WASHINGTON – China’s zero-Covid-19 policy was the top concern last year for American companies in the country, and their optimism about the world’s second largest economy has fallen to a record low, according to an annual survey out on Monday (Aug 29).
Beijing’s pandemic policy also displaced tensions between the United States and China to become the American firms’ chief worry for the first time in five years.
More than half of the 117 respondents in the US-China Business Council’s survey said they had paused, delayed or axed their investment plans in China as a result of its strict containment strategy.
“The looming possibility that companies will again be forced to partially halt operations due to lockdowns and the impacts of local controls on consumer demand have undermined confidence in the business environment,” said the business council’s president Craig Allen at a press conference.
He added that the lockdowns had forced US companies to shut down for months, created significant uncertainties for businesses, and prevented many US executives from visiting their China operations for several years.
Even if China changes course on its Covid-19 policies, 44 per cent of the respondents say restoring business confidence will take years.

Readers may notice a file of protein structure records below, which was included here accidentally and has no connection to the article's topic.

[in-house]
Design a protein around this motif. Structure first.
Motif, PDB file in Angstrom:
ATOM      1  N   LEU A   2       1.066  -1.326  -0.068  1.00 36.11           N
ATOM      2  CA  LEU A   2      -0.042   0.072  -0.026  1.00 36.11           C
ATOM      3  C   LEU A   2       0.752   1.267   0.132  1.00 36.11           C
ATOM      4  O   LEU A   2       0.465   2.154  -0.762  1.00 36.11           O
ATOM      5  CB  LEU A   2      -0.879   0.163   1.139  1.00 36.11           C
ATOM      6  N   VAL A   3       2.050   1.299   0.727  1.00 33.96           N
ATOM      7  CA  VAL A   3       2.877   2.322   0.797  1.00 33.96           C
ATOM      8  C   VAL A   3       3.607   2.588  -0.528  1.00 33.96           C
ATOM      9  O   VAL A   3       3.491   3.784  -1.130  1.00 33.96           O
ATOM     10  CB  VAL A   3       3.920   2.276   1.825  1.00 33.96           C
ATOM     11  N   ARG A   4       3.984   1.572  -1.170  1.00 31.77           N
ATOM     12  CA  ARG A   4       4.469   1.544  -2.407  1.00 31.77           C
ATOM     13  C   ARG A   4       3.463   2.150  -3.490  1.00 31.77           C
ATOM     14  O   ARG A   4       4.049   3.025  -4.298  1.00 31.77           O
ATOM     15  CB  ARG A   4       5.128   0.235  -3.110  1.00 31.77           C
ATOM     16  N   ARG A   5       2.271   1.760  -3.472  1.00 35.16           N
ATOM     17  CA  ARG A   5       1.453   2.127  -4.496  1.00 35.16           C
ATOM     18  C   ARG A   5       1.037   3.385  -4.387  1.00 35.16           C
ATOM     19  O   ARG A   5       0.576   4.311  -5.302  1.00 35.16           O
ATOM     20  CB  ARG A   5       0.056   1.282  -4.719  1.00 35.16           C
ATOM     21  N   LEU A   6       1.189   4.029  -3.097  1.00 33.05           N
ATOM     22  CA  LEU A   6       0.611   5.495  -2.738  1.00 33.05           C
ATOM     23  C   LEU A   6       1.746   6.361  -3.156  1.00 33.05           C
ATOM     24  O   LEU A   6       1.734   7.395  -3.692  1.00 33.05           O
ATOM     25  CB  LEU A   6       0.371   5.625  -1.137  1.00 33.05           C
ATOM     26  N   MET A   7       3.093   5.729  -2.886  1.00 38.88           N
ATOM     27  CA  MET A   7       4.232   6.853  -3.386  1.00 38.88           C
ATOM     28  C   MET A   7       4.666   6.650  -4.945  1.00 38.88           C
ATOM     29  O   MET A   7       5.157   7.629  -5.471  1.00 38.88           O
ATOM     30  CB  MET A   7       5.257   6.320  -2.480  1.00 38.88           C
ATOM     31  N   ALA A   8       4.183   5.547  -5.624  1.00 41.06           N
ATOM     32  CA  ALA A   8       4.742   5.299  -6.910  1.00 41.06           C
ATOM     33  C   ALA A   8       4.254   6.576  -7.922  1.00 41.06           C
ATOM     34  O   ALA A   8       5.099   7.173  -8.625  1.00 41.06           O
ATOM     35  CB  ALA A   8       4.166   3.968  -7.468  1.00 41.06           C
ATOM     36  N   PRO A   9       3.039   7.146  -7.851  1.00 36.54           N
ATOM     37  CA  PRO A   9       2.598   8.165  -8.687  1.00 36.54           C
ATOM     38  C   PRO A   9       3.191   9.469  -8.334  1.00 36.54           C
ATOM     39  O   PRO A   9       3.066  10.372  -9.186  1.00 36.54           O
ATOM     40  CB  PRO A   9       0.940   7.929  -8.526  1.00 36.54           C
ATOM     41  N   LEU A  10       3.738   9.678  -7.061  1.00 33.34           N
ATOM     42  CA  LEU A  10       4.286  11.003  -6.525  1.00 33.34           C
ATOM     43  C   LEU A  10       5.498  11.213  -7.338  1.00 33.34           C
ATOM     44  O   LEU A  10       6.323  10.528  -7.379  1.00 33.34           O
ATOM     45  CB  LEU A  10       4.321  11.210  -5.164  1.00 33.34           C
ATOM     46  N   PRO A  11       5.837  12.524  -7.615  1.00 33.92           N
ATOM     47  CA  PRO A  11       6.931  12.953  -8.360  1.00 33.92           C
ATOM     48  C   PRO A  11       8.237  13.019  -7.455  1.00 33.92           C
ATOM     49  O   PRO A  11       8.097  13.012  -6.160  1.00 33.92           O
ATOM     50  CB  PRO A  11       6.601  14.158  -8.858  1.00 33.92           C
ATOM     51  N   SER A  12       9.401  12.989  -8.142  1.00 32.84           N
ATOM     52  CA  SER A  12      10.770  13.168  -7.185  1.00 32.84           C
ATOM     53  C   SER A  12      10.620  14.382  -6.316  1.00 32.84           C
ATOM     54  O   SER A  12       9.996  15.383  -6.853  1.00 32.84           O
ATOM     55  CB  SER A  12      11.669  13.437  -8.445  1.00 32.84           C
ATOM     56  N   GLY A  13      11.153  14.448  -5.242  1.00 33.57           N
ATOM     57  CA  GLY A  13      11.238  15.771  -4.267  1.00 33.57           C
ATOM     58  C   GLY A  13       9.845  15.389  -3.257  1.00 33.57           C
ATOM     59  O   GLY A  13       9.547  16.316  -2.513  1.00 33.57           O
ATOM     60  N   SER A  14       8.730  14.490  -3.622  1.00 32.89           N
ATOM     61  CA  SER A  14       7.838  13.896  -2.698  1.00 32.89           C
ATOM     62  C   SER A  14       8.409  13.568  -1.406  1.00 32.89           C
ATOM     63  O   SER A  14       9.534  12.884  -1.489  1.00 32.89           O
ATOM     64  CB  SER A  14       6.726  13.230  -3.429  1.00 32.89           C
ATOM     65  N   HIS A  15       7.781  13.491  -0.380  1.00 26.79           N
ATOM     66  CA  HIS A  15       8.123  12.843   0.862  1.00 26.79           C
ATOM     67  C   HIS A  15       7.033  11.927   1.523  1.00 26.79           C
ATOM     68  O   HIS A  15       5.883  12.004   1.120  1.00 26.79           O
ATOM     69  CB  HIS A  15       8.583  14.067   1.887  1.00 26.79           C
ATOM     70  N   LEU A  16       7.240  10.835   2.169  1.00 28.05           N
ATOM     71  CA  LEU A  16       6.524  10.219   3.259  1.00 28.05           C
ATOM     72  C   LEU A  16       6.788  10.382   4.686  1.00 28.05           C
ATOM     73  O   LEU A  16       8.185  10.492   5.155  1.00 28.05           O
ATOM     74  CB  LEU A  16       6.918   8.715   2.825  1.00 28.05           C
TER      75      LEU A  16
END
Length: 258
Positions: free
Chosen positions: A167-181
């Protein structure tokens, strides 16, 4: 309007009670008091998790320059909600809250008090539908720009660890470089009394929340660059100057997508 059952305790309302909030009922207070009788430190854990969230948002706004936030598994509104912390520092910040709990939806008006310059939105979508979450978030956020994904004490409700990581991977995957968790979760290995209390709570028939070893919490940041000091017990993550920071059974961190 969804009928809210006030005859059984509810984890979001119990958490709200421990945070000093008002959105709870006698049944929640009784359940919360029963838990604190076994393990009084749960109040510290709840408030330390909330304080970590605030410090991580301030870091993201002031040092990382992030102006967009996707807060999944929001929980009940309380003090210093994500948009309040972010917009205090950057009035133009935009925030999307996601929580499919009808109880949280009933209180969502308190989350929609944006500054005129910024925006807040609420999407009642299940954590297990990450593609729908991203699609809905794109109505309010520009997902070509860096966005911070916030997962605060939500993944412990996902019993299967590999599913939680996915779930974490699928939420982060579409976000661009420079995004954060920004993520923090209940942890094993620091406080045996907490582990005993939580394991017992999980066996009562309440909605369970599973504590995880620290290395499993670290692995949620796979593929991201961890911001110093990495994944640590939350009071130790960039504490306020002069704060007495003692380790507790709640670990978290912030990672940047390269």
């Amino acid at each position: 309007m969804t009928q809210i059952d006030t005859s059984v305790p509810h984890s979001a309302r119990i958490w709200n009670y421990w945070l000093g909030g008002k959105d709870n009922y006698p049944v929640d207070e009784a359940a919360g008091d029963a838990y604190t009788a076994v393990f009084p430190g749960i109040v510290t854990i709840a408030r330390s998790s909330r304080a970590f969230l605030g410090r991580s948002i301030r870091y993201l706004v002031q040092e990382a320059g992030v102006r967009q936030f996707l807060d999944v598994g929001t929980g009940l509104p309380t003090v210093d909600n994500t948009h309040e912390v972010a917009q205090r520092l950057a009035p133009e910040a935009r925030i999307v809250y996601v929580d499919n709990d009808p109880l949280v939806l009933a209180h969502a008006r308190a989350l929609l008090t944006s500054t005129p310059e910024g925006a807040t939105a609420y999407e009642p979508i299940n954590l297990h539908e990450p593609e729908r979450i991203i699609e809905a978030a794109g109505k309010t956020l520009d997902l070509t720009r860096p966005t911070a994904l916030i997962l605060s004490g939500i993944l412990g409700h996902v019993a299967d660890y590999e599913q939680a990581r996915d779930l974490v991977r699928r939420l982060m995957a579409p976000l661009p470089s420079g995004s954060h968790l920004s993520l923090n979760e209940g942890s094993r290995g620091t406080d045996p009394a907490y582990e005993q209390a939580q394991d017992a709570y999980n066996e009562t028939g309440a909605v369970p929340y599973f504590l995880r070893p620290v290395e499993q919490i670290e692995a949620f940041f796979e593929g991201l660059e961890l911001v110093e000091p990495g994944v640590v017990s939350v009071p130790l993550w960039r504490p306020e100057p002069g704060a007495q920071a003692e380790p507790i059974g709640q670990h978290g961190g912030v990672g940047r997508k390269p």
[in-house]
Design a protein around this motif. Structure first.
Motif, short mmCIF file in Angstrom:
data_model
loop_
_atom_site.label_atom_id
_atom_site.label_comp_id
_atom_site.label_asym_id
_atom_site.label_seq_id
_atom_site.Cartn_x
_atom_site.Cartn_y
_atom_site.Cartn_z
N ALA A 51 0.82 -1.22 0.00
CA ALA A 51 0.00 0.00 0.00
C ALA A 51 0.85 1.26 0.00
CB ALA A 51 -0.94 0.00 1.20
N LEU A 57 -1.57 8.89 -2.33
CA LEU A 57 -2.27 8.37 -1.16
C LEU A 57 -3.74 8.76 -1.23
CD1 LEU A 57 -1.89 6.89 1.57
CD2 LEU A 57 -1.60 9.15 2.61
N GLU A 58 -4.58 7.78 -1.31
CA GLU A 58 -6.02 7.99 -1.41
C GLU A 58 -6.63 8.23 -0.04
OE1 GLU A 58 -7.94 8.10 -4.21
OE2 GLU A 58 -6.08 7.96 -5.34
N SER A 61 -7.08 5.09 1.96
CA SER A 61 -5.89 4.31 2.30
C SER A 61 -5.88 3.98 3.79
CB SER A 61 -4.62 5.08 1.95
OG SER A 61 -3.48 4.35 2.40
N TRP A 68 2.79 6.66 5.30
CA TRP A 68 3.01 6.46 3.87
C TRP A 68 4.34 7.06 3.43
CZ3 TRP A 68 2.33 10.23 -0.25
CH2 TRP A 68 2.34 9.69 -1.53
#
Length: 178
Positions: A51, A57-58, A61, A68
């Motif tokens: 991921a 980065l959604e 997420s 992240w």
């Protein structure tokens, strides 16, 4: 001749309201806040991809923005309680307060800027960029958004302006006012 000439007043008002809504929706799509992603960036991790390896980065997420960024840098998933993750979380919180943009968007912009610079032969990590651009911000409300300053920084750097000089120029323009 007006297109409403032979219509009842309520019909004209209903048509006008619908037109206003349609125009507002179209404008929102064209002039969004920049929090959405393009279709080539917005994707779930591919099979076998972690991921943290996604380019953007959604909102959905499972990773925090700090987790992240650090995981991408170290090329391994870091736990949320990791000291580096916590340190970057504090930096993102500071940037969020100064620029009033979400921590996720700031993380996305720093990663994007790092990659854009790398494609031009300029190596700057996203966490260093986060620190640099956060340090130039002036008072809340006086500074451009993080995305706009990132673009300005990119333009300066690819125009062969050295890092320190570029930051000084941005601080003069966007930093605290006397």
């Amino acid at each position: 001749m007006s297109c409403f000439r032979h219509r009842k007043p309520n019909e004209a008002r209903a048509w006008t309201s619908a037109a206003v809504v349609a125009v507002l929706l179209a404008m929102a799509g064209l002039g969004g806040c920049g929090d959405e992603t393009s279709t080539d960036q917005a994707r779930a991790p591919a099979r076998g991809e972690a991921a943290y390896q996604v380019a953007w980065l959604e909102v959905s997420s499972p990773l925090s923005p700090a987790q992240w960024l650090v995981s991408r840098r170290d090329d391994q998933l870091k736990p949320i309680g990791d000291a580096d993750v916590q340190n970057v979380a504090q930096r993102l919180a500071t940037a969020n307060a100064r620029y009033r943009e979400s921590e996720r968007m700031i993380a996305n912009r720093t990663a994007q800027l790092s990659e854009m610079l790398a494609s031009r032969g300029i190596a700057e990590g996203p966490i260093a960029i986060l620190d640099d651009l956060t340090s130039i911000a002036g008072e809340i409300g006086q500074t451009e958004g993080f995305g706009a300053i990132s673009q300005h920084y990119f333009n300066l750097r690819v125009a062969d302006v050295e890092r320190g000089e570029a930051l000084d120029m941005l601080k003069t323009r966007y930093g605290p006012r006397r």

The survey was conducted in June this year, shortly after a period of widespread lockdowns in response to Covid-19 cases across China, most notably in Shanghai.
Businesses also reported record levels of pessimism, citing geopolitical tensions as the top issue affecting their gloomy five-year business outlooks.
Some 21 per cent of respondents say they have a pessimistic outlook, more than double last year’s figure of 9 per cent. While nearly 90 per cent of businesses surveyed were optimistic a decade ago, just over 50 per cent are now.
Mr Allen said this pessimism was “affecting companies’ decisions about their supply, chains and future investments”.
Over the past 12 months, 24 per cent of respondents have shifted parts of their supply chains out of China, compared to 14 per cent in the previous year.
However, the majority of 78 per cent have kept their supply chains in China, a testament to “the country’s competitiveness in speed, quantity, quality, and cost of manufacturing, despite lockdowns and tariffs”, the survey report noted.
It also found that about two-thirds of respondents are in a wait-and-see mode, and are not planning to make any changes to resource commitment over the next year.
“At the same time, companies overwhelmingly remain profitable in China, and they continue to recognise China’s importance to their global competitiveness,” said Mr Allen.